EU countries backed a proposal from French President Emmanuel Macron to create a council guiding policy in the Schengen area, the passport-free zone used by most EU countries and some affiliated nations such as Switzerland and Norway.

Schengen council

Speaking before the meeting, Macron said the “Schengen Council” would evaluate how the area was working but would also take joint decisions and facilitate coordination in times of crisis.

“This council can become the face of a strong, protective Europe that is comfortable with controlling its borders and therefore its destiny,” he said.

The first meeting is scheduled to take place on March 3rd in Brussels.

A statement released after the meeting said: “On this occasion, they will establish a set of indicators allowing for real time evaluation of the situation at our borders, and, with an aim to be able to respond to any difficulty, will continue their discussions on implementing new tools for solidarity at the external borders.”

Step by step

The statement also confirmed EU countries agreed to take a step-by-step approach on plans for reforming the EU’s asylum rules.

“The ministers also discussed the issues of asylum and immigration,” it read.

“They expressed their support for the phased approach, step by step, put forward by the French Presidency to make headway on these complex negotiations.

“On this basis, the Council will work over the coming weeks to define a first step of the reform of the European immigration and asylum system, which will fully respect the balance between the requirements of responsibility and solidarity.”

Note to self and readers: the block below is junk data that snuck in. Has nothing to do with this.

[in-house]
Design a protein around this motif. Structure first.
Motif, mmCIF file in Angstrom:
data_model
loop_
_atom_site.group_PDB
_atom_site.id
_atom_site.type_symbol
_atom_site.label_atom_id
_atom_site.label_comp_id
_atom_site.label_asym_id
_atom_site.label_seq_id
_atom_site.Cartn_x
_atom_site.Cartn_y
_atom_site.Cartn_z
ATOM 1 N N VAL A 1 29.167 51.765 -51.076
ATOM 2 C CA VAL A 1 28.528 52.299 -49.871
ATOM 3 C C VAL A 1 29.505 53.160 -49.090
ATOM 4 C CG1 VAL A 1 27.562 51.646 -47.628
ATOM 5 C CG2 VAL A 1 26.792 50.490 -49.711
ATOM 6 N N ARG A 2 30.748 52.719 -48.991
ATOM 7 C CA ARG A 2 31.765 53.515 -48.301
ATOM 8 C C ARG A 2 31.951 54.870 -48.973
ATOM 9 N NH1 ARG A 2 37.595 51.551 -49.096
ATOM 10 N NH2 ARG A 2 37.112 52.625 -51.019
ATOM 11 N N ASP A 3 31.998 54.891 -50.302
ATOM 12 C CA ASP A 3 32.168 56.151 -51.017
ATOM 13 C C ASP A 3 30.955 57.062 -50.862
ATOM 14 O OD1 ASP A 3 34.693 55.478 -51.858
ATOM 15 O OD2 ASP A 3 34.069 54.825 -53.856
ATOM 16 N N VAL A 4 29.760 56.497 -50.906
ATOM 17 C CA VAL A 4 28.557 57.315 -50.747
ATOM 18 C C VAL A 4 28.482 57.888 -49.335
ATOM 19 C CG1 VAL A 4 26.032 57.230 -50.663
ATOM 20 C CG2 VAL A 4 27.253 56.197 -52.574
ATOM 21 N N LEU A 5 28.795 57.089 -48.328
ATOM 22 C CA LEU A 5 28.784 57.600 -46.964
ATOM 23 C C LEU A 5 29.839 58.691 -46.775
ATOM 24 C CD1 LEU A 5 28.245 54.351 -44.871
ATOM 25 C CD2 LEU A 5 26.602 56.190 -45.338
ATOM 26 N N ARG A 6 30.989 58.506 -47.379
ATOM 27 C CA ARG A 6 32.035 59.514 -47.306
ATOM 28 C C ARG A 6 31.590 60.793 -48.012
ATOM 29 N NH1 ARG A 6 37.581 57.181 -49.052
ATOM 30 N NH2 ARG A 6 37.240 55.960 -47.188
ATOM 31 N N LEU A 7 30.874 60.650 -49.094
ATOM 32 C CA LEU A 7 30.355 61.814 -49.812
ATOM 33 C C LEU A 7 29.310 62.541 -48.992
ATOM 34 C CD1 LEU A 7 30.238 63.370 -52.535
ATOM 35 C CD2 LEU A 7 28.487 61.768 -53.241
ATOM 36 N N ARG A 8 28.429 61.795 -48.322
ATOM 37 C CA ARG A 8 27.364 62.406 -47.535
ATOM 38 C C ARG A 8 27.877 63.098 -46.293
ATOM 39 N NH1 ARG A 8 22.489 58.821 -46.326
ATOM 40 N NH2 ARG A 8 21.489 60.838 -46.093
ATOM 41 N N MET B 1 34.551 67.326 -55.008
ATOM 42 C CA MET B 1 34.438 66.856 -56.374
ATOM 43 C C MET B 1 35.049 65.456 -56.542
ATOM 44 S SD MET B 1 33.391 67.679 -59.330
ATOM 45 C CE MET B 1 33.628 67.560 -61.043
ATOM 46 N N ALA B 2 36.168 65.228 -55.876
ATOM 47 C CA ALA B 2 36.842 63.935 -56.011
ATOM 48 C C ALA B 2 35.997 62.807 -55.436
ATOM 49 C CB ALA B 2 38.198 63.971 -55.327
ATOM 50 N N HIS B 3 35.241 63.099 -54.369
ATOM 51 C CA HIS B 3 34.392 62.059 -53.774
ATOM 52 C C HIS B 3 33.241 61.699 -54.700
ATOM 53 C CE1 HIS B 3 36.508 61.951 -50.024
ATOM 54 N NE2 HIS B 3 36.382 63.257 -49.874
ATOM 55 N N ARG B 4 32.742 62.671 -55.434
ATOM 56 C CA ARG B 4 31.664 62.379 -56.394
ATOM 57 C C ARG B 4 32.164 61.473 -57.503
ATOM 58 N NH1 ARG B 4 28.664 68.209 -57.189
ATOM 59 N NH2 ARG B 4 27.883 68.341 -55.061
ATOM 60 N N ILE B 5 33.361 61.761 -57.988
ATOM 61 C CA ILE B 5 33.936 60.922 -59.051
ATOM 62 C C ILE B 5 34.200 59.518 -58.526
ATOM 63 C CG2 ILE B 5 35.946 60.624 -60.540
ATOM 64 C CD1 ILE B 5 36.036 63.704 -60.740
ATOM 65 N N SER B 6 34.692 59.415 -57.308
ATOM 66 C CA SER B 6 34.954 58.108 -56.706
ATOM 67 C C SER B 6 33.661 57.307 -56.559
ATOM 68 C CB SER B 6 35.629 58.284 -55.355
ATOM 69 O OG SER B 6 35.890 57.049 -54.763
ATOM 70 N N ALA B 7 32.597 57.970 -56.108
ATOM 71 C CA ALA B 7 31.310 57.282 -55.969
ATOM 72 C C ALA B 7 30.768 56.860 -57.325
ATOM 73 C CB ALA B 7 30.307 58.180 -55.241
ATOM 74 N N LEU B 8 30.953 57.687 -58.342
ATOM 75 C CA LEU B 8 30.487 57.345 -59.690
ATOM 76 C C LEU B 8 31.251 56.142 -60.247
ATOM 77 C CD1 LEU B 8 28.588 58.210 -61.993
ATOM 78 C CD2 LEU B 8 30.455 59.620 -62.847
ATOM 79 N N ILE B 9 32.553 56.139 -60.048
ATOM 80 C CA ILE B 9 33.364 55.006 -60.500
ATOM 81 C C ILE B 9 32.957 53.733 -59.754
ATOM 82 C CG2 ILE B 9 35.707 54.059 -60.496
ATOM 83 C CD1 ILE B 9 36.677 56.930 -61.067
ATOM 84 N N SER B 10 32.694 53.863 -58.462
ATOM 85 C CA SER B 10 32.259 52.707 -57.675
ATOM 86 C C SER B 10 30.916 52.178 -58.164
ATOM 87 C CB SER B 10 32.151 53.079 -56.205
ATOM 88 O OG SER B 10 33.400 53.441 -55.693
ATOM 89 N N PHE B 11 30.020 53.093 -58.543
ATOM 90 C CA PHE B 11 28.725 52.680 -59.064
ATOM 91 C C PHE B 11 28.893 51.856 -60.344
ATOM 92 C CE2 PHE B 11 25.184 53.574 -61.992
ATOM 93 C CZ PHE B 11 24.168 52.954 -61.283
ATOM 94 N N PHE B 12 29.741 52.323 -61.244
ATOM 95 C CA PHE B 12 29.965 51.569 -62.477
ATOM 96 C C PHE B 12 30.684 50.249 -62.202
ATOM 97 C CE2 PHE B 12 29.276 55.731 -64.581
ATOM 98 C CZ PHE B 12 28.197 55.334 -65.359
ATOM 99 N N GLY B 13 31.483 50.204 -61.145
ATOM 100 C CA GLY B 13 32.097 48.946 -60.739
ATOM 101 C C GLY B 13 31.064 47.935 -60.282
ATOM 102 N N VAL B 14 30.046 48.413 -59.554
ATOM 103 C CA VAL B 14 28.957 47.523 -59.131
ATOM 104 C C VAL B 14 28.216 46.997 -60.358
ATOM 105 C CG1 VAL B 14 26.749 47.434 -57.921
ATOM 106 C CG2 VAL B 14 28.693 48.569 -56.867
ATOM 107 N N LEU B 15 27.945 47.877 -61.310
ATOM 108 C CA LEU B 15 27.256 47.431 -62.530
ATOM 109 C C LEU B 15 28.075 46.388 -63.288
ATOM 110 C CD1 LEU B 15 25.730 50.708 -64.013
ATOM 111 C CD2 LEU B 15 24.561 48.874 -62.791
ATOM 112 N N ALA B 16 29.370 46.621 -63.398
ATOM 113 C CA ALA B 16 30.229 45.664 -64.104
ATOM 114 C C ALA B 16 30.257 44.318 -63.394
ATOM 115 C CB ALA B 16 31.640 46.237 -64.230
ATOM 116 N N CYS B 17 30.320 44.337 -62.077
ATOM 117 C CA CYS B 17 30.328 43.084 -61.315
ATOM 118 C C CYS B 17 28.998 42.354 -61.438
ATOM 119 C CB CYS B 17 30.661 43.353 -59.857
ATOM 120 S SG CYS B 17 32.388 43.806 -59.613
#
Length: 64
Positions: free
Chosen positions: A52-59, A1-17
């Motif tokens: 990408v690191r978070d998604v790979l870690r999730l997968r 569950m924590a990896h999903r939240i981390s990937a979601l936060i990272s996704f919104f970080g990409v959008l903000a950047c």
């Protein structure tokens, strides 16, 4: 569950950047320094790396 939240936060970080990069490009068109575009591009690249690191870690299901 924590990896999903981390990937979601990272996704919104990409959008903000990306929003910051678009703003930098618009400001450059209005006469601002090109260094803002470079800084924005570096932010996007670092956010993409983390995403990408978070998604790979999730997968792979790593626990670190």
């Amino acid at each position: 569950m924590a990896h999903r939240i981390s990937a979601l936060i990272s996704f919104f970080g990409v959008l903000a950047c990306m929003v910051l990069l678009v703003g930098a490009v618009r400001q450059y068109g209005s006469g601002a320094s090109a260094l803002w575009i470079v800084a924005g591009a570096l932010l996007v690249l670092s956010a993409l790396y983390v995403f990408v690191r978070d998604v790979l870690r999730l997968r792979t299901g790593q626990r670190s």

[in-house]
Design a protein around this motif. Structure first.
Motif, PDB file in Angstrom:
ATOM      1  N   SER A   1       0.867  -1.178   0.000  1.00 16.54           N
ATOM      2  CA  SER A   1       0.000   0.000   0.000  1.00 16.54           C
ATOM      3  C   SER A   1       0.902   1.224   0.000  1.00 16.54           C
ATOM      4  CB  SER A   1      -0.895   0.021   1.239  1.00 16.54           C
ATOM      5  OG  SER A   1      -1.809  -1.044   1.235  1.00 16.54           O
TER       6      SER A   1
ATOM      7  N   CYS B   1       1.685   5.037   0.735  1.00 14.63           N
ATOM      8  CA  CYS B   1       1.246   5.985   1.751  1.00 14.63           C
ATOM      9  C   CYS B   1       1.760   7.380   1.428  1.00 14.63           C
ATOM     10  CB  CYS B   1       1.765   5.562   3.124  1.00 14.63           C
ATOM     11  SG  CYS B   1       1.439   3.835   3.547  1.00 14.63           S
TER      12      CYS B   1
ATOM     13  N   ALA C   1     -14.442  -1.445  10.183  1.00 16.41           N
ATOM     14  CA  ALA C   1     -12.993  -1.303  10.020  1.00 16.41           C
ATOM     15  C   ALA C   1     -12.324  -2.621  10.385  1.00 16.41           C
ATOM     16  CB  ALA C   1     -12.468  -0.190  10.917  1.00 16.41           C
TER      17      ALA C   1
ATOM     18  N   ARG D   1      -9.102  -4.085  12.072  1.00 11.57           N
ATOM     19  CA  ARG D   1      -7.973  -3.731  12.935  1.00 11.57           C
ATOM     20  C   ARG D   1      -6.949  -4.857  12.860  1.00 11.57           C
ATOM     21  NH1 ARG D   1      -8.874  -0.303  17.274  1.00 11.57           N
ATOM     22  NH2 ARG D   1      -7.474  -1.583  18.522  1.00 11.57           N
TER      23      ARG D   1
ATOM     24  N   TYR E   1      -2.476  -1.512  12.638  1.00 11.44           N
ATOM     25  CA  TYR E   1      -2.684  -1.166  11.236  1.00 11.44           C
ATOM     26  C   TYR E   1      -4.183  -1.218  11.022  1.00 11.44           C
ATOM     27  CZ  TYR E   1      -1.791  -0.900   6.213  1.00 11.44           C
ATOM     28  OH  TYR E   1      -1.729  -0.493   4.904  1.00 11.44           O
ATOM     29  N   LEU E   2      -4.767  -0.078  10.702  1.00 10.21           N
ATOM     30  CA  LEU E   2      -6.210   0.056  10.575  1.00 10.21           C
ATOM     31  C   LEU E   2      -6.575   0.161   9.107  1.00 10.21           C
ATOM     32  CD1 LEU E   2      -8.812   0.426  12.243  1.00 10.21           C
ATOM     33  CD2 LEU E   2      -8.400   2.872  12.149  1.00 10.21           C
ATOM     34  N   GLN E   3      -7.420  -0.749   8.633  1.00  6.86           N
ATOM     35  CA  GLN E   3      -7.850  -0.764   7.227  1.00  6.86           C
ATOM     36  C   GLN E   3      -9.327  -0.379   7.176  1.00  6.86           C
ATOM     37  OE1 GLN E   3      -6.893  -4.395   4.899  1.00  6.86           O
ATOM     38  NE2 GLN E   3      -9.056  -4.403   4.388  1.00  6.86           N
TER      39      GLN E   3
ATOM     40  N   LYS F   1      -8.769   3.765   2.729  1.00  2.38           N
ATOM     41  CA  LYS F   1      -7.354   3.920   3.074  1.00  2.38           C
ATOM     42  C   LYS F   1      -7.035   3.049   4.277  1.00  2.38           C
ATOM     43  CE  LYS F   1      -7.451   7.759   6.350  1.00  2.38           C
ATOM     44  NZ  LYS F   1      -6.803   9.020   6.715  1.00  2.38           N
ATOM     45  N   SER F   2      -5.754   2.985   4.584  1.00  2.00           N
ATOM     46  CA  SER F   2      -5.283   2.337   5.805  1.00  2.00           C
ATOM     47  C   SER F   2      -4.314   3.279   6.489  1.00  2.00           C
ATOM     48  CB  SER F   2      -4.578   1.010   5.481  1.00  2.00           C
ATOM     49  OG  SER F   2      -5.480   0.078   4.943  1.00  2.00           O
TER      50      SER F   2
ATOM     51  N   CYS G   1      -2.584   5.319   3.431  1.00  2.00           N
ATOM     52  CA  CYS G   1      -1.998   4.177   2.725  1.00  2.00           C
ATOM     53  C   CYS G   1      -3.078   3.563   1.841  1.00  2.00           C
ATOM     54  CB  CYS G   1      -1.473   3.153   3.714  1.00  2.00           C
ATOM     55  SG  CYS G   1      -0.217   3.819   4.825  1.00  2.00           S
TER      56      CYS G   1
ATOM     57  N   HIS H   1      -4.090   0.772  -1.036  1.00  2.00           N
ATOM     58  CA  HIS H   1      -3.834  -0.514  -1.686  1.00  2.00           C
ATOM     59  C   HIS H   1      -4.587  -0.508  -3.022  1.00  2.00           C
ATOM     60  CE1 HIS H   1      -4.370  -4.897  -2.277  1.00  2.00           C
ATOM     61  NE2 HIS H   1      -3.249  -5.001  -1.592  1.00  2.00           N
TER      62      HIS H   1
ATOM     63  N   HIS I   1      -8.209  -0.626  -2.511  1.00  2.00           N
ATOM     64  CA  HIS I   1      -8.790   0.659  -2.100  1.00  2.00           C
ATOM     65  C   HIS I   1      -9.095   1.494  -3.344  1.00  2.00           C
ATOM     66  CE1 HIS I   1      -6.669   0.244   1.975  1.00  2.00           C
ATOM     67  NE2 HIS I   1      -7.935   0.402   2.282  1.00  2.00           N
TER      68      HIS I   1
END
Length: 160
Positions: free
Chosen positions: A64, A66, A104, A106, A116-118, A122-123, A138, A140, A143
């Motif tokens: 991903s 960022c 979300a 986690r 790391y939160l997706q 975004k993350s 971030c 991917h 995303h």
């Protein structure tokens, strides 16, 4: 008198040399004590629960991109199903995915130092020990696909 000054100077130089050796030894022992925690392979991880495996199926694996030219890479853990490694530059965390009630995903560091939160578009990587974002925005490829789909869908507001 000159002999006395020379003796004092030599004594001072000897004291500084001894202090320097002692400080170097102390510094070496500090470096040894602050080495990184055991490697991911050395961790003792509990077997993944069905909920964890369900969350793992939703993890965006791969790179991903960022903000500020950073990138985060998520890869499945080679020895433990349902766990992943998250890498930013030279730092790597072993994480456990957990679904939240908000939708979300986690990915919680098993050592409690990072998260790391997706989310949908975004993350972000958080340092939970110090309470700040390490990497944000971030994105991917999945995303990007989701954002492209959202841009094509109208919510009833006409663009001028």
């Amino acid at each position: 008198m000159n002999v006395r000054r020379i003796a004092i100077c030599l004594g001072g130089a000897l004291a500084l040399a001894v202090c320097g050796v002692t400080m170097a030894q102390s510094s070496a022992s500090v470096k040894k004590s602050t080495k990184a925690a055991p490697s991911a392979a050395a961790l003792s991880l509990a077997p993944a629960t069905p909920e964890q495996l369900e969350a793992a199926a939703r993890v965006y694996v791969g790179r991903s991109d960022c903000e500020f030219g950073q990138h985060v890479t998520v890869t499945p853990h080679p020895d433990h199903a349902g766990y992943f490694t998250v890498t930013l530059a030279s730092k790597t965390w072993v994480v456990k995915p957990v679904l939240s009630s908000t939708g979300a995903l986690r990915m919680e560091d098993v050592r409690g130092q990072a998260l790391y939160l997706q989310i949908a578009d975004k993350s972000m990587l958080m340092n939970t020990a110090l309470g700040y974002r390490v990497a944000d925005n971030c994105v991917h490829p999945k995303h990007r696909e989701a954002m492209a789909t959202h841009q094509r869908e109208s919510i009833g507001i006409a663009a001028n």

A planned overhaul of EU migration policy has so far foundered on the refusal of countries such as the Czech Republic, Hungary, Poland and Slovakia to accept a sharing out of asylum-seekers across the bloc.

That forces countries on the EU’s outer southern rim – Italy, Greece, Malta and Spain – to take responsibility for handling irregular migrants, many of whom are intent on making their way to Europe’s wealthier northern nations.

France is pushing for member states to commit to reinforcing the EU’s external borders by recording the details of every foreign arrival and improving vetting procedures.

It also wants recalcitrant EU countries to financially help out the ones on the frontline of migration flows if they do not take in asylum-seekers themselves.

Johansson was critical of the fact that, last year, “45,000 irregular arrivals” were not entered into the common Eurodac database containing the fingerprints of migrants and asylum-seekers.

Earlier, German Interior Minister Nancy Faeser suggested her country, France and others could form a “coalition of the willing” to take in asylum-seekers even if no bloc-wide agreement was struck to share them across member states.

She noted that Macron spoke of a dozen countries in that grouping, but added that was probably “very optimistic”.

Luxembourg’s foreign minister, Jean Asselborn, hailed what he said was “a less negative atmosphere” in Thursday’s meeting compared to previous talks.

But he cautioned that “we cannot let a few countries do their EU duty… while others look away”.

France is now working on reconciling positions with the aim of presenting propositions at a March 3rd meeting on European affairs.